David Newnes, concludes: “While void periods are falling, the private rented sector gives tenants flexibility, so as tenants’ circumstances change; there are still occasions when a property might be empty.  Of course, it is in every landlord’s business interest to maintain good, long lasting tenancies and avoid voids. At a time when demand far outstrips supply, it is imperative that empty properties are filled quickly, following any necessary maintenance and improvements. Landlords can minimise void periods by talking openly with their tenants about their future plans – in order to prepare for when the property might be empty. Overall there’s an air of optimism surrounding the rental market now that inflation is firmly back on track as wage expectations start to improve. A rise in affluent tenants will help further boost the success of the private rental sector this year.”lsl-property-services-logo

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Paper Summary: Wednesday 13th November

Personal Finance

8.8m people would only be able to last a week on their savings according to research from HSBC. A third of people have less than £250 in accessible savings to act as a financial safety net should they lose their main source of income.

Economics

George Osborne said Britain is on the path to prosperity and is enjoying a recovery many countries would crave in his speech at yesterday’s Festival of Business. An unexpected fall in inflation to 2.2% appears to reinforce the chancellor’s words. However, the business editor counsels against getting too carried away by that, pointing out that the biggest contributing factor was the impact of higher university fees on CPI last year.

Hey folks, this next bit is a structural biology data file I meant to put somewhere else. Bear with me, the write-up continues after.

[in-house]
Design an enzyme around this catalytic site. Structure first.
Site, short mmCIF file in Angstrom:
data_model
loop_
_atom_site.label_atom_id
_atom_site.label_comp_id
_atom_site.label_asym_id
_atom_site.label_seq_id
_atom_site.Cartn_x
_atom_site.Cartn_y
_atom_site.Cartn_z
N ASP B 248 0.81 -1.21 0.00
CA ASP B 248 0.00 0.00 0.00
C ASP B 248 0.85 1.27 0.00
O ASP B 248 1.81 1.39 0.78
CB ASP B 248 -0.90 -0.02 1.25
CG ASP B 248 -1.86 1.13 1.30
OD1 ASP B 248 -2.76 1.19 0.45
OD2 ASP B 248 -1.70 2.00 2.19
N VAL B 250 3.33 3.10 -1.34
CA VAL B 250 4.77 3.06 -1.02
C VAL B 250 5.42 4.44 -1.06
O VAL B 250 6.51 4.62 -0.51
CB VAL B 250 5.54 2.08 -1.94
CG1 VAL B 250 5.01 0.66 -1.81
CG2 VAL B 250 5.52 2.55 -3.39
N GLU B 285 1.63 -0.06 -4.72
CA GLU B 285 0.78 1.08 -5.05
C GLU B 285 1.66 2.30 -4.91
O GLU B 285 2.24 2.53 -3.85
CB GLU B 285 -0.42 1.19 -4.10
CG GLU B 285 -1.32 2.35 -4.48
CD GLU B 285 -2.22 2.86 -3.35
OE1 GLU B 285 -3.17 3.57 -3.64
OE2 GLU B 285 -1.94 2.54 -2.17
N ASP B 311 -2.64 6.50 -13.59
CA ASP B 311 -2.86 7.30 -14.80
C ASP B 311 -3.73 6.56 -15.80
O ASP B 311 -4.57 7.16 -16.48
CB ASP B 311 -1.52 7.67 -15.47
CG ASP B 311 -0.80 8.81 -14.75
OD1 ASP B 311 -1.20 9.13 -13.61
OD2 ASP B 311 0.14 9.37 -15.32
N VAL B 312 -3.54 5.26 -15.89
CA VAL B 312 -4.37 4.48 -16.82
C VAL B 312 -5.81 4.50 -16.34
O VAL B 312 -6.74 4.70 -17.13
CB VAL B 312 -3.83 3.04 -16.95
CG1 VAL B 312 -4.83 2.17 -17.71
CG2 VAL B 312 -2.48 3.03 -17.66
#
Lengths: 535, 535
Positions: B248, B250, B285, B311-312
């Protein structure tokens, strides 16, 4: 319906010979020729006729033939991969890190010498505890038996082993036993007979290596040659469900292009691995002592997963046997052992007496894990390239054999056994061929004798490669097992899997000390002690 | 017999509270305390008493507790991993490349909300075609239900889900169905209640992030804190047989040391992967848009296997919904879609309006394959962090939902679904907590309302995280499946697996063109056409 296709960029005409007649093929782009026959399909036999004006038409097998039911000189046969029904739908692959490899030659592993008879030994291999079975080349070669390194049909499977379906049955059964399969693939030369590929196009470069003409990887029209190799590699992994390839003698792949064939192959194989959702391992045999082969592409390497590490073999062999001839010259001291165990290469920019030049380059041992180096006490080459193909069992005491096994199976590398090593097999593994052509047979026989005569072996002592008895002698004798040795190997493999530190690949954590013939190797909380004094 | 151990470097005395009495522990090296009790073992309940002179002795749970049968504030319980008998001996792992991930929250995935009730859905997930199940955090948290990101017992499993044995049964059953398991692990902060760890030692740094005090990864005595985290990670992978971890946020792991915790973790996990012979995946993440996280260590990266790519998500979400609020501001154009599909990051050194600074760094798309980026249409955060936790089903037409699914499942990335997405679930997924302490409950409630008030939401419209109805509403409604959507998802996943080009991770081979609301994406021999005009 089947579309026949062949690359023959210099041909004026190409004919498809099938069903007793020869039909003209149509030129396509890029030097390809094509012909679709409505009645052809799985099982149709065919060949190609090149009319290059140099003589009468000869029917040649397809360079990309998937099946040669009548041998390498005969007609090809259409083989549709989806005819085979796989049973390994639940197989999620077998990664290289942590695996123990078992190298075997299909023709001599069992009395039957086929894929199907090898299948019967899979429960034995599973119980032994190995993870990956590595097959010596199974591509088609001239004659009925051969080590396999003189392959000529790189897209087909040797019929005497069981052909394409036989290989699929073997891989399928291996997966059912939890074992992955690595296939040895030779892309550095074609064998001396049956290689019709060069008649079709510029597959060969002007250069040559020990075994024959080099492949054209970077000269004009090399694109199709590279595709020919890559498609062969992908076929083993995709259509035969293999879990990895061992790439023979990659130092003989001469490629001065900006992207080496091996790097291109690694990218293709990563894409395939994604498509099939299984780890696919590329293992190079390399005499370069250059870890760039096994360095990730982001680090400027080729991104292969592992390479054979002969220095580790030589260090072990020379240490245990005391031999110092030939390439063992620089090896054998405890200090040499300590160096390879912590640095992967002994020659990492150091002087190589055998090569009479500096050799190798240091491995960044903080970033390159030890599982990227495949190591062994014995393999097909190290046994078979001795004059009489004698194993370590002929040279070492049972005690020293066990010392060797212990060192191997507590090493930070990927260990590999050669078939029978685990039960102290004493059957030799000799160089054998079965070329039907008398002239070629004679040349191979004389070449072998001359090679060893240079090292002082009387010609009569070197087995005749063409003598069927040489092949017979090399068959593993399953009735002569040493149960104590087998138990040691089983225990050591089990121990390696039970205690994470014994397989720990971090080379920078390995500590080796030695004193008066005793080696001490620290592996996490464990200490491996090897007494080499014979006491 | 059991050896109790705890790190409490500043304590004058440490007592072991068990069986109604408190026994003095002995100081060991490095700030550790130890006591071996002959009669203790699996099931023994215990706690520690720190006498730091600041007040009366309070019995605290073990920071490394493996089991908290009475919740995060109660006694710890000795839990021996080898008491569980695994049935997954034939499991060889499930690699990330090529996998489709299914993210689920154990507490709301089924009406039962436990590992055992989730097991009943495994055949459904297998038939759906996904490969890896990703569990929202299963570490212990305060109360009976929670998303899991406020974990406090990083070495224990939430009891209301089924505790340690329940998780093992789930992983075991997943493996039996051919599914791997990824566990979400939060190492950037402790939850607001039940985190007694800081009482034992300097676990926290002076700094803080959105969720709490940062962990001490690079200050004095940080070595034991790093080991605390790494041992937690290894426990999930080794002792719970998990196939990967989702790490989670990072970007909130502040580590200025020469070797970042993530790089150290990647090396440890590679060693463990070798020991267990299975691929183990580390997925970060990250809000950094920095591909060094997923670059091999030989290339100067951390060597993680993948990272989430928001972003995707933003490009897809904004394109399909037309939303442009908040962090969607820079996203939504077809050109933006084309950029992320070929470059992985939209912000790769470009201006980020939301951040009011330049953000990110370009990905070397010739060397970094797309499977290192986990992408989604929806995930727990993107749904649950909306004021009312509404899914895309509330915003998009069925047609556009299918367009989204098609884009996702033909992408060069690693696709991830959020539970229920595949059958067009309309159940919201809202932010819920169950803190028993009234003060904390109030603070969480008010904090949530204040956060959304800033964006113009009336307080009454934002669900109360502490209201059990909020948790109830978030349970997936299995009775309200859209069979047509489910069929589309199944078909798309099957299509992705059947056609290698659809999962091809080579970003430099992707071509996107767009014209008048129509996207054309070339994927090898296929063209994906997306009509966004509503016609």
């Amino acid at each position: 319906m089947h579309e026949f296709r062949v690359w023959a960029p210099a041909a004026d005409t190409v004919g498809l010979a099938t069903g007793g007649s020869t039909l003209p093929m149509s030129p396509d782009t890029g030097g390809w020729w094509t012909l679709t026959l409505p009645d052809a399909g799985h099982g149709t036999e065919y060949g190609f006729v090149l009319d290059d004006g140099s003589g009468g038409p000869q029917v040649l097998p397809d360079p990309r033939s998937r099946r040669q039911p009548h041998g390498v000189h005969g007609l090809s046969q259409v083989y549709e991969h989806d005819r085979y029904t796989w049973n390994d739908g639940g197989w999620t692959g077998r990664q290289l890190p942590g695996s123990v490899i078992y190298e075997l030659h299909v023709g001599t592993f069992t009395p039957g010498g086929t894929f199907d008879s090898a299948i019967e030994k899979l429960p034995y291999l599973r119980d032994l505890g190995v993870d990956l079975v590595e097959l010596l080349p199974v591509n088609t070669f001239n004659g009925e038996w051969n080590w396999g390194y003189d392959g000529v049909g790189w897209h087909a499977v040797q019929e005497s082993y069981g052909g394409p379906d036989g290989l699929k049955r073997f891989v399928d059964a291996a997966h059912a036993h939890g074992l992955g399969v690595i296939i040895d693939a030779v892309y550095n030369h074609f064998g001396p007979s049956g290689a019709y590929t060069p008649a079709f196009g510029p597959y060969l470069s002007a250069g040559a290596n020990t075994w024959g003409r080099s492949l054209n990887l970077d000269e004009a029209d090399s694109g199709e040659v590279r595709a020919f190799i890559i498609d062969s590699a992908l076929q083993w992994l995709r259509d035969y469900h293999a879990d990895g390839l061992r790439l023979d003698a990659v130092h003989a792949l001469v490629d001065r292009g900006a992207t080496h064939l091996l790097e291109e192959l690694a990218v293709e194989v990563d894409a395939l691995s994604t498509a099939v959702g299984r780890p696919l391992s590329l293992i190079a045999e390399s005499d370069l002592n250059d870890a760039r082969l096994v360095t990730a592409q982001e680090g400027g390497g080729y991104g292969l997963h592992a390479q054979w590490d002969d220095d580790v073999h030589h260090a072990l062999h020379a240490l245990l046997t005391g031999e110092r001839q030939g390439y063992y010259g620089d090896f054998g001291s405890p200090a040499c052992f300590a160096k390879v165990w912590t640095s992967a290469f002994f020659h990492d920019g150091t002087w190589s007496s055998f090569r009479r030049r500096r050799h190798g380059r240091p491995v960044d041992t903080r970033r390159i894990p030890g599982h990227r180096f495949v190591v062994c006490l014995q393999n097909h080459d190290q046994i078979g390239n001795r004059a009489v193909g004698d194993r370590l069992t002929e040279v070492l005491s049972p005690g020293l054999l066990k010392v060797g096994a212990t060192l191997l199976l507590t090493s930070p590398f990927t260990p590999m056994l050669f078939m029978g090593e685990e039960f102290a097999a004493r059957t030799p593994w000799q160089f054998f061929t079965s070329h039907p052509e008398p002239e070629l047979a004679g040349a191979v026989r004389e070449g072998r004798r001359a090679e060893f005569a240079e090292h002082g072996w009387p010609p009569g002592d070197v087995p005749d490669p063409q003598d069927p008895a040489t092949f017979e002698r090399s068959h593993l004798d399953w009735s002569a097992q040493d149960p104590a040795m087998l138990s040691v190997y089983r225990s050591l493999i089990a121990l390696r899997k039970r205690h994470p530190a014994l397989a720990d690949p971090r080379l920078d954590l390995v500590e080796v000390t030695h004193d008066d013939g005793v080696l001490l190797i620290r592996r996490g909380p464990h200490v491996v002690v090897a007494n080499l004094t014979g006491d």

Property

Mortgage lending to home buyers has hit its highest level since the recession according to CML figures. £27bn of loans were approved in Q3 – the highest level since 2007. ONS figures revealed house prices continue to rise, especially in the capital where prices rose 9.3% in September alone. Peter Rollings of Marsh and Parsons said “The London market is singing from a different sheet” and pointed out that half the homes in prime London are now worth £1m or above.

Recruitment

Young people are experiencing a “jobless recovery” according to research from IPPR as the youth unemployment rate is now 3.74 times the adult rate. More than 950,000 young people are unemployed and almost a third have been looking for a job for more than a year. The research found evidence of this growing trend well before the recession started suggesting the problems are systemic as well as economic.

News Headlines: Sunday 11th August

Economic

Britain’s economy is outpacing all its main competitors including America, according to combined data from Markit and JP Morgan. Britain’s economy is growing at an annualised rate of 2.4%, compared to 1.7% annual growth in the USA and an on-going recession in the Eurozone. Many economists are now upgrading their forecasts for this year and next. “This recovery is broad, and the broader it is, the more sustainable it is”, says Rob Dobson, senior economist at Markit. (Sunday Times p.2)

Personal Finance / Property